The Observatory also says regime troops are battling rebels in the suburb of Daraya a day after government officials said the army had taken much of the strategic area, which lies on the edge of a major military air base just south of the capital. The group relies on reports from activists on the ground.

Associated Press


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Monday, January 7, 2013

ASU tops No. 25 Kent St. 17-13 in Bowl

Kent State running back Dri Archer (1) crosses the goal line to score against Arkansas State in the second quarter of the Bowl NCAA college football game in Mobile, Ala., Sunday, Jan. 6, 2013. (AP Photo/G.M. Andrews)

Kent State running back Dri Archer (1) crosses the goal line to score against Arkansas State in the second quarter of the Bowl NCAA college football game in Mobile, Ala., Sunday, Jan. 6, 2013. (AP Photo/G.M. Andrews)

Arkansas State linebacker Nathan Herrold (40) reaches out to intercept a pass in the end zone intended for Kent State tight end Tim Erjavec (42) in the second quarter of the Bowl NCAA college football game in Mobile, Ala., Sunday, Jan. 6, 2013. (AP Photo/G.M. Andrews)

Kent State coach Darrell Hazzell talks with his offense as they come off the field following an interception by Arkansas State in the first quarter of the Bowl NCAA college football game in Mobile, Ala., Sunday, Jan. 6, 2013. (AP Photo/G.M. Andrews)

(AP) ? Arkansas State's offense was held in check Sunday night after piling up big numbers this season. It was the defense that led the Red Wolves to a breakthrough victory.

Ryan Aplin threw for 213 yards and a touchdown, J.D. McKissic caught 11 passes for 113 yards and Arkansas State edged No. 25 Kent State 17-13 to win the Bowl.

Arkansas State's usually prolific offense struggled against Kent State, but the consistent Aplin-to-McKissic connection and a stingy defense was enough to help the Red Wolves (10-3) to their first bowl win since joining the Football Bowl Subdivision in 1992.

Kent State (11-3) was driving late in the game when quarterback Spencer Keith tried to scramble on fourth down and was stopped a few yards short of the marker with 52 seconds left. Linebacker Qushaun Lee made the shoestring tackle for the Red Wolves and finished with a team-leading 13 stops.

"That was a good one," Arkansas State interim coach John Thompson said. "Our guys stepped up with a minute to go. We really needed a play, and our guys made one. It wasn't anything except for ballplayers. It was anything special at all. We just made plays."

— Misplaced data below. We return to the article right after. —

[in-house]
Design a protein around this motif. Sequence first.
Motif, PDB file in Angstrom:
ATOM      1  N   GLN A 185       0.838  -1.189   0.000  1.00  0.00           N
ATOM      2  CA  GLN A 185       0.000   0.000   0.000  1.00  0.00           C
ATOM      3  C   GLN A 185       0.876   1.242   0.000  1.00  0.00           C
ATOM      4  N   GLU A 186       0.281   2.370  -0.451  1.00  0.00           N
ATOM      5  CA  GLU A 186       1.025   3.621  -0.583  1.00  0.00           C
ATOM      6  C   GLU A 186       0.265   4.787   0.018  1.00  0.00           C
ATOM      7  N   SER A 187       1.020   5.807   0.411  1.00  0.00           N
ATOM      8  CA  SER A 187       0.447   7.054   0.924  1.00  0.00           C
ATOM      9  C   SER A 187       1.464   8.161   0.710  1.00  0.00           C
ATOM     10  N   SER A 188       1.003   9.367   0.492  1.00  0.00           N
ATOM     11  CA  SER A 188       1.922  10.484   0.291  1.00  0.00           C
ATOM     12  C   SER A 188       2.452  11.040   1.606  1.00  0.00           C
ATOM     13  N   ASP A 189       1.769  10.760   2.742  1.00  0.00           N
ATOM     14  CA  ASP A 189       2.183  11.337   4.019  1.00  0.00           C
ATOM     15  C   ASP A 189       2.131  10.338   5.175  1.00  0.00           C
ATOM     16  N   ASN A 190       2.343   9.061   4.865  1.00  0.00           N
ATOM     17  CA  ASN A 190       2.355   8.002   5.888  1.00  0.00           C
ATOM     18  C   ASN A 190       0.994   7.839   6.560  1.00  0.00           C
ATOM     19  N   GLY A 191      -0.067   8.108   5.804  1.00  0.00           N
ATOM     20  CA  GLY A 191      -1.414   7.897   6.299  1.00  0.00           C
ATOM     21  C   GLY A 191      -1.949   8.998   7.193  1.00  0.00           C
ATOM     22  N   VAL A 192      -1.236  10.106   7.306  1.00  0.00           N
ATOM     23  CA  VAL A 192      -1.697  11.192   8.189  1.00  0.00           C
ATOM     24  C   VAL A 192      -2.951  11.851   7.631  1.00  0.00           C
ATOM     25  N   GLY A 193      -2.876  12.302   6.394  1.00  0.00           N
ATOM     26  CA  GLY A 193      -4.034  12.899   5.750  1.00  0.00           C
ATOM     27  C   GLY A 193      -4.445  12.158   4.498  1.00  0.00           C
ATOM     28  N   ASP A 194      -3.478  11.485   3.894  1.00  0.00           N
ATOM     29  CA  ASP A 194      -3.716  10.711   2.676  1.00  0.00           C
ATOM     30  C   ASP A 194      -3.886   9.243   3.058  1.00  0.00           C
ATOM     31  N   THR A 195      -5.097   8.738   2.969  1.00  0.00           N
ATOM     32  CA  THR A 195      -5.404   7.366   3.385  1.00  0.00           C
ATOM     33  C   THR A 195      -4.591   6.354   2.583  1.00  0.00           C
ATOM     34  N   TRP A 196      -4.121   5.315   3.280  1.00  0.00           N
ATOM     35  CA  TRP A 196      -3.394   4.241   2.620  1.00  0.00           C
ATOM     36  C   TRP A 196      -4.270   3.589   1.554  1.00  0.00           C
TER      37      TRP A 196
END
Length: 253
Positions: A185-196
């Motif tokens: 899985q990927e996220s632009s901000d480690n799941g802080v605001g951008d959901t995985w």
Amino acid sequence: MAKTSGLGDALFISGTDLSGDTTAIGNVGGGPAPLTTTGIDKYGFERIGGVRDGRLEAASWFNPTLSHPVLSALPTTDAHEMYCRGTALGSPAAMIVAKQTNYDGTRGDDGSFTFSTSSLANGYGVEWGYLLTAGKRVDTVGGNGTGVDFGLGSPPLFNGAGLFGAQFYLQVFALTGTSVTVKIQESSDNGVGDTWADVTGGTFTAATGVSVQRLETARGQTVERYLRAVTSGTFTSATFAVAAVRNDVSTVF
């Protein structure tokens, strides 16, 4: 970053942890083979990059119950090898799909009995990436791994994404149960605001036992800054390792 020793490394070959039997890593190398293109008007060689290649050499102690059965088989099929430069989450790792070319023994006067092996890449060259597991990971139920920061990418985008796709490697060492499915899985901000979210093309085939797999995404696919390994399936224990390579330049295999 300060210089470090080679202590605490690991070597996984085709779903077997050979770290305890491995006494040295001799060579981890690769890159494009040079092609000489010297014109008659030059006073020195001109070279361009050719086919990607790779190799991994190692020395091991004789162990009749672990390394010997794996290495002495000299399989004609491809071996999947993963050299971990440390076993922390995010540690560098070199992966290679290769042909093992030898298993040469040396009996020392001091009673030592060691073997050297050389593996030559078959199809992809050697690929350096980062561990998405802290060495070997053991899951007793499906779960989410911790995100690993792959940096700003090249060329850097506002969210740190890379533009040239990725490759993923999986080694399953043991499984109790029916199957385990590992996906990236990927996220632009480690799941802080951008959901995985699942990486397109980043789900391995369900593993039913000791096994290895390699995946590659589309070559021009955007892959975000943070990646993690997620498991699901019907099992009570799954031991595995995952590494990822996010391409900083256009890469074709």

Darrell Hazell roamed the Kent State sideline one more time in the Golden Flashes' first bowl game since 1972. He is leaving the program to take over at Purdue.

Thompson, a veteran defensive coordinator, coached the Red Wolves after Gus Malzahn left to take the Auburn job last month. It was the second straight season Arkansas State had to play its bowl game without the coach that led it to a Sun Belt championship ? Hugh Freeze left for Mississippi in 2011 before last year's Bowl, which the Red Wolves lost 38-20 to Northern Illinois.

The results were much better this time ? and the defensive-minded Thompson was especially pleased with that side of the ball.

Arkansas State's offense was dominant during the last half of the regular season, averaging more than 41 points during a seven-game winning streak.

But the Red Wolves had to rely on their defense in this one while the offense slowly warmed up. Kent State took a 7-0 lead on Dri Archer's 16-yard touchdown run and the margin could have been worse, but Arkansas State linebacker Nathan Herrold picked off a tipped pass in the end zone to end a promising drive for the Golden Flashes.

David Oku rushed for a tying 10-yard touchdown with 5:40 remaining in the second quarter, and then Aplin hit McKissic for a 31-yard touchdown minutes later to make it 14-7.

"Our offense did exactly what it was supposed to do," Thompson said. "They did a great job. Ryan Aplin took some shots ? I guess I can say it now ? some unnecessary shots that weren't good. But our defense ? we've got men over there. Grown men."

Kent State responded with a 42-yard field goal by Freddy Cortez just before halftime. The teams traded field goals in the third quarter, but neither team could score in the fourth.

The Golden Flashes put together one last drive in the final minutes, with Keith completing a clutch 15-yard pass over the middle on fourth down with less than two minutes remaining. He was headed for another fourth-down conversion just four plays later, but was tripped up on a scramble deep in Arkansas State territory. The Red Wolves then began to celebrate on their sideline.